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Carolingian Westwork and Civitas Corvey
Site number:
Type of site: Cultural
Date: 822-885 AD
Date of Inscription: 2014
Location: Europe, Germany, Höxter
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Description: These structures are located along the Weser River on the outskirts of Höxter where they were erected between AD 822 and 885 in a largely preserved rural setting. The Westwork is the only standing structure that dates back to the Carolingian era, while the original imperial abbey complex is preserved as archaeological remains that are only partially excavated. The Westwork of Corvey uniquely illustrates one of the most important Carolingian architectural expressions. It is a genuine creation of this period, and its architectural articulation and decoration clearly illustrate the role played within the Frankish empire by imperial monasteries in securing territorial control and administration, as well as the propagation of Christianity and the Carolingian cultural and political order throughout Europe. --From the description at WHC Site, where additional information is available.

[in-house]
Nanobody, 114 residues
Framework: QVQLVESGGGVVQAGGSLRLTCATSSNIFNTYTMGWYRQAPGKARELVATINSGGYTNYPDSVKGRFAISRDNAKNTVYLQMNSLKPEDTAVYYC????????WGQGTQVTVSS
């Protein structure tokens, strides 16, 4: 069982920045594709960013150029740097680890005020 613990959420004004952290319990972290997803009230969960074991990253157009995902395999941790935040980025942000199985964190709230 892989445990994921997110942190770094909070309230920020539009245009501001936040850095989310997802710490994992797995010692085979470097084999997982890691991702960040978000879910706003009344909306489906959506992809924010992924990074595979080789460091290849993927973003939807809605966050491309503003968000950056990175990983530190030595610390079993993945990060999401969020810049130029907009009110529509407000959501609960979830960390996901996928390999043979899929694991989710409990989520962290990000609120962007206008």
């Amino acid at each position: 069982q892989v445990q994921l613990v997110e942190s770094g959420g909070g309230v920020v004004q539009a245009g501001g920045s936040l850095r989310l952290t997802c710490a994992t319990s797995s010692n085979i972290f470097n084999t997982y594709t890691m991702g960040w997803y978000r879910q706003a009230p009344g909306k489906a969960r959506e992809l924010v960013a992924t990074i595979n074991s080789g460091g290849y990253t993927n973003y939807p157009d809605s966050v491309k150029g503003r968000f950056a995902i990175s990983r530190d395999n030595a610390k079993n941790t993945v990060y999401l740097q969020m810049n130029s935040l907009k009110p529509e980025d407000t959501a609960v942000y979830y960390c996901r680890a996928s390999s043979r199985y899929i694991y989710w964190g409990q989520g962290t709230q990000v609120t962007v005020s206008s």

The Imperial Abbey of Corvey (German: Stift Corvey or German: Fürstabtei Corvey) was a Benedictine monastery on the River Weser, 2 km northeast of Höxter, now in North Rhine-Westphalia, Germany. It was first founded in 815 among the recently converted Saxons on a site called Hethis[1] by Charlemagne's cousins Wala and Adelard, with monks from Corbie Abbey in Picardy, under the joint patronage of the Emperor Louis the Pious and the abbot of the older foundation, whence the new one derived its name (Latin: Corbeia nova, the "new Corbie"; Old German: Corvey pronounced [ˈkɔʁvaɪ]). In 822, the monastery was reconstructed on the present site near the banks of the river Weser. It became "one of the most privileged Carolingian monastic sanctuaries in the ninth-century Duchy of Saxony". --Wikipedia. Text is available under the Creative Commons Attribution-ShareAlike License.
Source2: Wikipedia (
Reference: 1. UNESCO World Heritage Center ( 2. Wikipedia.
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